Ease of deployment and readily available technical support are some advantages of proprietary LMSs. However, since the system is closed-source, users have to trust the vendor’s ability to maintain and manage the platform. These include bug fixes and handling of security issues.

Most proprietary LMS vendors provide a time-restricted trial version of their LMSs for free.

Open-source LMSs, on the other hand, do not require you to pay a licensing fee. The source code of the LMS software is also available to users for free.

Open-source LMSs tend to be more customizable and cost-effective. If your organization requires a long-term bespoke learning management solution, open-source might be the way to go.

Another distinct advantage of the open-source ecosystem is the amount of free support available online. These include free tutorials, videos, and discussion forums where a large number of users and developers discuss their LMS-related issues. This community support is a major strength in the open-source world.

Studies also show open-source development process is much faster at fixing bugs and handling security issues.

Privately Hosted Vs. Cloud-based LMSs

A privately hosted (self-hosted) LMS is a web application deployed in your own organization’s infrastructure. It could be an open-source LMS or a licensed product.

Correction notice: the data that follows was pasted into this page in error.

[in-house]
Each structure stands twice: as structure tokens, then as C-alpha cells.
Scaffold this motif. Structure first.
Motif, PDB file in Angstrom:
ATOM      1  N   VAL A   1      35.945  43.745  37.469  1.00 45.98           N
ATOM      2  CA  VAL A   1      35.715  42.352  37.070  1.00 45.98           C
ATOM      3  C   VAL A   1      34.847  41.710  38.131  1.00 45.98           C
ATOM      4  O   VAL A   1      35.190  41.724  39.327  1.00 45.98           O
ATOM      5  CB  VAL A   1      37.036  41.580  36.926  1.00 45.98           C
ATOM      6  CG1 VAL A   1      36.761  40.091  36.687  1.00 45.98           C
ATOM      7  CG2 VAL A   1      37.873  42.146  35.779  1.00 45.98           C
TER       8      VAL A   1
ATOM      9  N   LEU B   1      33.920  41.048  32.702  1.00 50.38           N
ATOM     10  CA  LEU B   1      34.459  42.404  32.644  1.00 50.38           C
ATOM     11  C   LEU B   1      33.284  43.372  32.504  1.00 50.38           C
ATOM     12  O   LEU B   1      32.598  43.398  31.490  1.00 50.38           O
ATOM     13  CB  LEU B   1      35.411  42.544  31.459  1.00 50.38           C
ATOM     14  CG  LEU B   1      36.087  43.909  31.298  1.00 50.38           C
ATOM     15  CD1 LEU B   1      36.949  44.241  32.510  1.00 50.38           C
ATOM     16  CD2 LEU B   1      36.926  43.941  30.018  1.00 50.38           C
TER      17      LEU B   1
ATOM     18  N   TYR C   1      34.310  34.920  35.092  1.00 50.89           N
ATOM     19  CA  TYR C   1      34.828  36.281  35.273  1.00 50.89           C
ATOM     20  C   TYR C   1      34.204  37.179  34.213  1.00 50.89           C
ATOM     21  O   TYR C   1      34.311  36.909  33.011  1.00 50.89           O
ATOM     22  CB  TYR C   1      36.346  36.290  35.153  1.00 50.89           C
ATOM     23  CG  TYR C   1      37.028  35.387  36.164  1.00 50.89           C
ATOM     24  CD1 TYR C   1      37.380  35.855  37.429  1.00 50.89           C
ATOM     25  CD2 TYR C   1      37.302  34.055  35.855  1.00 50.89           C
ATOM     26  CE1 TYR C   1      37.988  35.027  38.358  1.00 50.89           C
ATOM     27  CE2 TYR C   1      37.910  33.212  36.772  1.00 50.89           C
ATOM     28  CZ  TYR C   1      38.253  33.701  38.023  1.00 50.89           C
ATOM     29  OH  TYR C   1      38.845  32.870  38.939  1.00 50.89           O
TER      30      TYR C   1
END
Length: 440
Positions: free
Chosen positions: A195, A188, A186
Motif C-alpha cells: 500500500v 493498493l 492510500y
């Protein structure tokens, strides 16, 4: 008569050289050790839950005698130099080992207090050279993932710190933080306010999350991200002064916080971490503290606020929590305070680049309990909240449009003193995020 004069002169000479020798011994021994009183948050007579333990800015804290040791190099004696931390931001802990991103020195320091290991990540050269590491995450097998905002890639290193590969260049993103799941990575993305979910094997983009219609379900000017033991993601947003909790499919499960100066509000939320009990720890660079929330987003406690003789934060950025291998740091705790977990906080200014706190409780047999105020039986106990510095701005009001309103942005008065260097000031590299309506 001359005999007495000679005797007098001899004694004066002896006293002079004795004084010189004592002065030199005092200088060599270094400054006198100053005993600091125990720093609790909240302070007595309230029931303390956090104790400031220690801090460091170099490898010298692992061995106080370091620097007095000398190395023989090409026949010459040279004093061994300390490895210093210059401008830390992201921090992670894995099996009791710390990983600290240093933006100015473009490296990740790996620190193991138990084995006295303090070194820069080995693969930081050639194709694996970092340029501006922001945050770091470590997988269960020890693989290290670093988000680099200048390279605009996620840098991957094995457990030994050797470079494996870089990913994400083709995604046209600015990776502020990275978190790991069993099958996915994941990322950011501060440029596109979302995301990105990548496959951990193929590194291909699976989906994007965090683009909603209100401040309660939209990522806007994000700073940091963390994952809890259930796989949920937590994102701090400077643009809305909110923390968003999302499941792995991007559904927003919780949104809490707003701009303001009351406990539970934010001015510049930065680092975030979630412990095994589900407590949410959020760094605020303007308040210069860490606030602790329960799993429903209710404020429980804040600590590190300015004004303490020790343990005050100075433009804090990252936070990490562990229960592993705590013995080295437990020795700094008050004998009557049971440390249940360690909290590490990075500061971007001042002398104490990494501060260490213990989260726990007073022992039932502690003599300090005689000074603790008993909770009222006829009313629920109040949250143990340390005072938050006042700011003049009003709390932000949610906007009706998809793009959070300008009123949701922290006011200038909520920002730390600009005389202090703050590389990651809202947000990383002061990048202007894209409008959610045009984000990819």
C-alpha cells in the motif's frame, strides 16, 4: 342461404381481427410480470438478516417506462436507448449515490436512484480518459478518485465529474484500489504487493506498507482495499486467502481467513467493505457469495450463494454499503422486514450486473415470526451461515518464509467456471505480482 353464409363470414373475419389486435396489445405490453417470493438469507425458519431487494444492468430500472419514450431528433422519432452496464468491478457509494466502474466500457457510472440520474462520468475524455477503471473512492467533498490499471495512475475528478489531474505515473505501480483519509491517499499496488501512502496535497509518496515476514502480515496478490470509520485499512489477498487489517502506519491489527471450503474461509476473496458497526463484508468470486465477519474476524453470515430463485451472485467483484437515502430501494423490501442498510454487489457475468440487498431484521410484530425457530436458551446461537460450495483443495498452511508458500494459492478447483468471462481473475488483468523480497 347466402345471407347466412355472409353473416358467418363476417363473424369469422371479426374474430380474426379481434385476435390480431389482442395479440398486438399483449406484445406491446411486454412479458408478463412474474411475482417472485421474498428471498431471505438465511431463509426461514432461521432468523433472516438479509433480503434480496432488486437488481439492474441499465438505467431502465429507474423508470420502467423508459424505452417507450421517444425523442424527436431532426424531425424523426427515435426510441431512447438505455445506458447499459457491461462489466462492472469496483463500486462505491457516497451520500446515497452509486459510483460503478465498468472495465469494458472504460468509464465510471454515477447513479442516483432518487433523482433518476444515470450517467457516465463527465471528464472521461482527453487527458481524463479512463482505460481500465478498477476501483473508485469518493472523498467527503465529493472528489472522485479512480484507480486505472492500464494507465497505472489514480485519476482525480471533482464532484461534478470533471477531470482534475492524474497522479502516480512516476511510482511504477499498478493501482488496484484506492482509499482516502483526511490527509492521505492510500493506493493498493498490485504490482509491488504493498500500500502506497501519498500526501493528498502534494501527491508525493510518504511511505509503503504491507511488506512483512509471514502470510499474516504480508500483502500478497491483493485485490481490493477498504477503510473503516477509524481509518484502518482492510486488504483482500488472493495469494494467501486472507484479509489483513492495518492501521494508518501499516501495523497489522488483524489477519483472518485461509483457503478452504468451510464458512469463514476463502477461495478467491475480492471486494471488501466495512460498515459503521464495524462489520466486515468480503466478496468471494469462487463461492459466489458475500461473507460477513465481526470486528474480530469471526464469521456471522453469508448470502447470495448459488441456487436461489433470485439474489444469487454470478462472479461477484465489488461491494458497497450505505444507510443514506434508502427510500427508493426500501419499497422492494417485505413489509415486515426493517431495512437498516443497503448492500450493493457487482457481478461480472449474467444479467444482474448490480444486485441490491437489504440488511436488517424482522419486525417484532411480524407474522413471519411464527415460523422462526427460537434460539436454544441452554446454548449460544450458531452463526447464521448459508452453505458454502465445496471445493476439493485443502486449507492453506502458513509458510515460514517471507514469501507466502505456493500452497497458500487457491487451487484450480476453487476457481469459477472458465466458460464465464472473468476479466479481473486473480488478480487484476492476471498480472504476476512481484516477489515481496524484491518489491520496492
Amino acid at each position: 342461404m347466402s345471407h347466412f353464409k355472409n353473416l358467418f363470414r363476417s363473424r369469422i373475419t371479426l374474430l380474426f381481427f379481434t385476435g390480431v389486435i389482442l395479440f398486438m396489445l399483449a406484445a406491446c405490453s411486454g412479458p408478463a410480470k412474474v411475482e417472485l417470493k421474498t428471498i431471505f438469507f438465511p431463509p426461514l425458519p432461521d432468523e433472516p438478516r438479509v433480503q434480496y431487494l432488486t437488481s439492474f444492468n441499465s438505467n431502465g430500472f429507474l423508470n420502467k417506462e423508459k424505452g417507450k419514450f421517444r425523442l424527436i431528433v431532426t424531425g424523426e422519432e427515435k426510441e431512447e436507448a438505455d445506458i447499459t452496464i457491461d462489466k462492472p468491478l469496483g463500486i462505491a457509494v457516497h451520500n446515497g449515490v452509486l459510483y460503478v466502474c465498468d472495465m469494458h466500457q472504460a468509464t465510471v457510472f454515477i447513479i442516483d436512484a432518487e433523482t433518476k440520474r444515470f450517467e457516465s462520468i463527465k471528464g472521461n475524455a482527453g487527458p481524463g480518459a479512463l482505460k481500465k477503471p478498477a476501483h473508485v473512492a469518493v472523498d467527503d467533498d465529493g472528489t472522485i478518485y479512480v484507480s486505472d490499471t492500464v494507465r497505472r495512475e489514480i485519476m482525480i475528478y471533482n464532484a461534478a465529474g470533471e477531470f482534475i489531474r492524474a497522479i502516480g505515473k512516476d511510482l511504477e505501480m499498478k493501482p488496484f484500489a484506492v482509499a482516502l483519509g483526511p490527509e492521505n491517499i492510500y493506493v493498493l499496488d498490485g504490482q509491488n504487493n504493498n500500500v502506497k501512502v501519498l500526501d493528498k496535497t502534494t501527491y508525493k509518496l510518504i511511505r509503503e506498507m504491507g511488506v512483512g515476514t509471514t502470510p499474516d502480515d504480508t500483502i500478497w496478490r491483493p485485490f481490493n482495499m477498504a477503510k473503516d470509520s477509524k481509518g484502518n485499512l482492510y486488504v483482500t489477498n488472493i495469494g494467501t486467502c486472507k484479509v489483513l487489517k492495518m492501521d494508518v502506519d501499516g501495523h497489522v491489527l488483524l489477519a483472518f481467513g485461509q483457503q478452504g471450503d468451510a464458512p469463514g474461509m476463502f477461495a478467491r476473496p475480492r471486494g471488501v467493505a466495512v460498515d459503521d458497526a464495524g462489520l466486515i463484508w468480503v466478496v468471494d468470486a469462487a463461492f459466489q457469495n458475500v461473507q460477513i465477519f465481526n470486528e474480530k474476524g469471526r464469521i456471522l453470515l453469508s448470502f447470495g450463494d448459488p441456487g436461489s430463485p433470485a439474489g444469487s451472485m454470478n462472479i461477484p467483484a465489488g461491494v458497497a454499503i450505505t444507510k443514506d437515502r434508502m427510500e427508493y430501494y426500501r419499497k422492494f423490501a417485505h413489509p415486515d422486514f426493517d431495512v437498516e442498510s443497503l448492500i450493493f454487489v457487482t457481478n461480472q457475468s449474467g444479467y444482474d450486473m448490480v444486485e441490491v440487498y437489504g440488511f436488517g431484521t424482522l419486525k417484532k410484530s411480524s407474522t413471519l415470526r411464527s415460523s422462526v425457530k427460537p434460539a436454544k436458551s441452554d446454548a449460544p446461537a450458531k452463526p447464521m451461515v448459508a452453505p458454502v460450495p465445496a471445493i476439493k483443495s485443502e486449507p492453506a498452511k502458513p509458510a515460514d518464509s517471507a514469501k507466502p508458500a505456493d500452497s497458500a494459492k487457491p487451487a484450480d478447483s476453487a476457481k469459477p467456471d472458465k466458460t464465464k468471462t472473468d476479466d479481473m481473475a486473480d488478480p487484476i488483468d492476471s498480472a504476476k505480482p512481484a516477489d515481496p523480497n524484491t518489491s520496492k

If you are planning to self-host an LMS, you should have the necessary infrastructure within your organization. This includes your own servers and a team capable of running and maintaining them. Your technical team should also be familiar with the LMS system.

If you decide to go with a licensed self-hosted product, you are required to contact the vendor regarding bug fixes, upgrades, and renewal of the license.

On the other hand, a privately hosted open-source solution allows upgrading the system on your own. The open-source nature of the software also provides additional flexibility to integrate your organization’s software infrastructure with the LMS.

A cloud-based LMS is a web application made available to you by a vendor or a third party. The vendor or the third-party service provider takes care of the hosting and maintenance of the system. The service provider will also handle the installation, basic customizations, application of updates, and monitoring of the server software. The vendor or the third party may also offer free or paid upgrades and backups.

With a cloud-based system, you are unburdened with the hassle of maintaining your server infrastructure. However, such a system lacks the flexibility to take full control of the learning management system.

Most cloud-based offerings come in several tiers. This allows you to pick the right plan based on price, performance, and features. The user has the option to upgrade to higher tiers as the requirements of the organization grow.

Final Thoughts

In summary, the Learning Management System (LMS) is a multifaceted tool for creating, managing, delivering, and monitoring learning experiences. From content creation with varied tools to user roles and hosting options, aligning these features with organizational goals ensures an effective learning management experience.

Whether choosing proprietary or open-source, privately hosted or cloud-based, careful consideration of trade-offs in cost, customization, and support is crucial. In essence, the LMS journey requires a strategic approach to meet the unique needs and preferences of the organization, facilitating seamless and impactful learning.